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The Benton Gospels

Posted On September 20, 2017 | 15:59 pm | by baileyt | Permalink
Dumbarton Oaks Museum acquires rare Greek manuscript

With support from the B. H. Breslauer Foundation, the Dumbarton Oaks Museum has acquired an early 10th-century Greek manuscript of historic and scholarly significance. Known as Minuscule 669 or the Benton Gospels, this Byzantine codex contains the partial text of the four Gospels of the New Testament. Brought to the United States in 1844 by Reverend George Benton, an Episcopal minister, it is likely the oldest Byzantine gospel book in the US.

It provides insight into Byzantine manuscript illumination and calligraphy, such as the use of an unusual script known as bouletée élancée. Only about thirty manuscripts written in bouletée élancée are known. Scholar Nadezhda Kavrus-Hoffmann has written a detailed codicological and paleographic study of the Benton Gospels, which is planned for publication in an upcoming volume of the Dumbarton Oaks Papers.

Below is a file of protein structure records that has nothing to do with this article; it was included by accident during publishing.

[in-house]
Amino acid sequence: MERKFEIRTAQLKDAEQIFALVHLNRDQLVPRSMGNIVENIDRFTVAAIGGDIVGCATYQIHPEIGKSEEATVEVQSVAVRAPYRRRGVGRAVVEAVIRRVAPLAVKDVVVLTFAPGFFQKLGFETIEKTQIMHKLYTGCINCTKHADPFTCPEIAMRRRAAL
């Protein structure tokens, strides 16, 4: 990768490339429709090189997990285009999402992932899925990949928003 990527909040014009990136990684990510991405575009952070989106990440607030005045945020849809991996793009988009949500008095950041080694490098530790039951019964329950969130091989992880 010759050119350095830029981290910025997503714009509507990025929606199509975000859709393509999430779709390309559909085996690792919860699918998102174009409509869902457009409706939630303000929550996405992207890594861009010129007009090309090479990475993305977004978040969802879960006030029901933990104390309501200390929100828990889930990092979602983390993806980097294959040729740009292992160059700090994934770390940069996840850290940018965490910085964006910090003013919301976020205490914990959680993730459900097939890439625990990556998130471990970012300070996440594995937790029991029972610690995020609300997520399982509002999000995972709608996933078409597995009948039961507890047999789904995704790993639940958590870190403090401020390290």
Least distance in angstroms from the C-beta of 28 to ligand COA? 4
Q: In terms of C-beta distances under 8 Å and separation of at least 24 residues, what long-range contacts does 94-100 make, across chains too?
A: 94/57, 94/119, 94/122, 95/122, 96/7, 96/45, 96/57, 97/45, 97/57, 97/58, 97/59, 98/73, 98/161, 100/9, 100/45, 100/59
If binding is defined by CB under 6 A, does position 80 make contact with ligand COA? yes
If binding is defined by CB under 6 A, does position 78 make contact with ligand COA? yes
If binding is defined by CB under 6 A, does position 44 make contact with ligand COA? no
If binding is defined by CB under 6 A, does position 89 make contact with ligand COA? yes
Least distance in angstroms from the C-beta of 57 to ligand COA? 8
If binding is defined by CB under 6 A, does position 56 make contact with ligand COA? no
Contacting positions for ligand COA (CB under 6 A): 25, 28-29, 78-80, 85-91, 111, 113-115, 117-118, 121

In addition to the Benton Gospels, the Dumbarton Oaks Museum holds five illuminated biblical and liturgical Byzantine manuscripts dating from the 11th, 12th, and 13th centuries. Access to the Benton Gospels at Dumbarton Oaks offers unparalleled opportunities to scholars conducting paleographic, iconographic, codicological, and biblical research, since the institution is uniquely suited to conduct and facilitate specialized inquiry and interpretation in those fields.

Dumbarton Oaks holds the premier collection of scholarly literature on the transmission of the Bible in Greek and seeks to expand the scope of sources available to scholars. Byzantium’s role in preserving and transmitting early versions of New Testament texts continues to be a prime subject of research and scholarly discussion. Dumbarton Oaks’ focused collecting seeks to advance rigorous and detailed study of topics in the aid of understanding the complexity of human thought and activity.